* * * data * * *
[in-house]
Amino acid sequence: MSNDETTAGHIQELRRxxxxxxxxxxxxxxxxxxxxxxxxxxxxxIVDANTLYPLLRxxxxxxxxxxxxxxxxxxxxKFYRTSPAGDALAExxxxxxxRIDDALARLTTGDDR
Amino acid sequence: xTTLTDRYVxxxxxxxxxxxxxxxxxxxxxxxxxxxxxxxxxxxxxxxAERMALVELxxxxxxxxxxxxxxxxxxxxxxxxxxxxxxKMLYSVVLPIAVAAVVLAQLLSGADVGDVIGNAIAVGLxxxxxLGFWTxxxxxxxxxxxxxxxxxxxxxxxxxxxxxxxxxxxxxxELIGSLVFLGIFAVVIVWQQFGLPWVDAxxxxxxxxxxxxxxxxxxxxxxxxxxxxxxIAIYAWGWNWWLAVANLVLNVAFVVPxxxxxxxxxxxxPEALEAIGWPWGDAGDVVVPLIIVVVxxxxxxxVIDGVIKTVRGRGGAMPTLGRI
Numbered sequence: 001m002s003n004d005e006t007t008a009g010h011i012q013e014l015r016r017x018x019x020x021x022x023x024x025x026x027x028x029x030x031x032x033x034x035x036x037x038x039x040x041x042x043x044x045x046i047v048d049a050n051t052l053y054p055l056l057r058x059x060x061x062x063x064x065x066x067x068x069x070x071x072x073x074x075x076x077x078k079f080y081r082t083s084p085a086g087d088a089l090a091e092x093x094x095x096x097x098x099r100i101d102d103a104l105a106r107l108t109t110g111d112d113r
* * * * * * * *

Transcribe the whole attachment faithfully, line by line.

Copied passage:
[in-house]
Amino acid sequence: MSNDETTAGHIQELRRxxxxxxxxxxxxxxxxxxxxxxxxxxxxxIVDANTLYPLLRxxxxxxxxxxxxxxxxxxxxKFYRTSPAGDALAExxxxxxxRIDDALARLTTGDDR
Amino acid sequence: xTTLTDRYVxxxxxxxxxxxxxxxxxxxxxxxxxxxxxxxxxxxxxxxAERMALVELxxxxxxxxxxxxxxxxxxxxxxxxxxxxxxKMLYSVVLPIAVAAVVLAQLLSGADVGDVIGNAIAVGLxxxxxLGFWTxxxxxxxxxxxxxxxxxxxxxxxxxxxxxxxxxxxxxxELIGSLVFLGIFAVVIVWQQFGLPWVDAxxxxxxxxxxxxxxxxxxxxxxxxxxxxxxIAIYAWGWNWWLAVANLVLNVAFVVPxxxxxxxxxxxxPEALEAIGWPWGDAGDVVVPLIIVVVxxxxxxxVIDGVIKTVRGRGGAMPTLGRI
Numbered sequence: 001m002s003n004d005e006t007t008a009g010h011i012q013e014l015r016r017x018x019x020x021x022x023x024x025x026x027x028x029x030x031x032x033x034x035x036x037x038x039x040x041x042x043x044x045x046i047v048d049a050n051t052l053y054p055l056l057r058x059x060x061x062x063x064x065x066x067x068x069x070x071x072x073x074x075x076x077x078k079f080y081r082t083s084p085a086g087d088a089l090a091e092x093x094x095x096x097x098x099r100i101d102d103a104l105a106r107l108t109t110g111d112d113r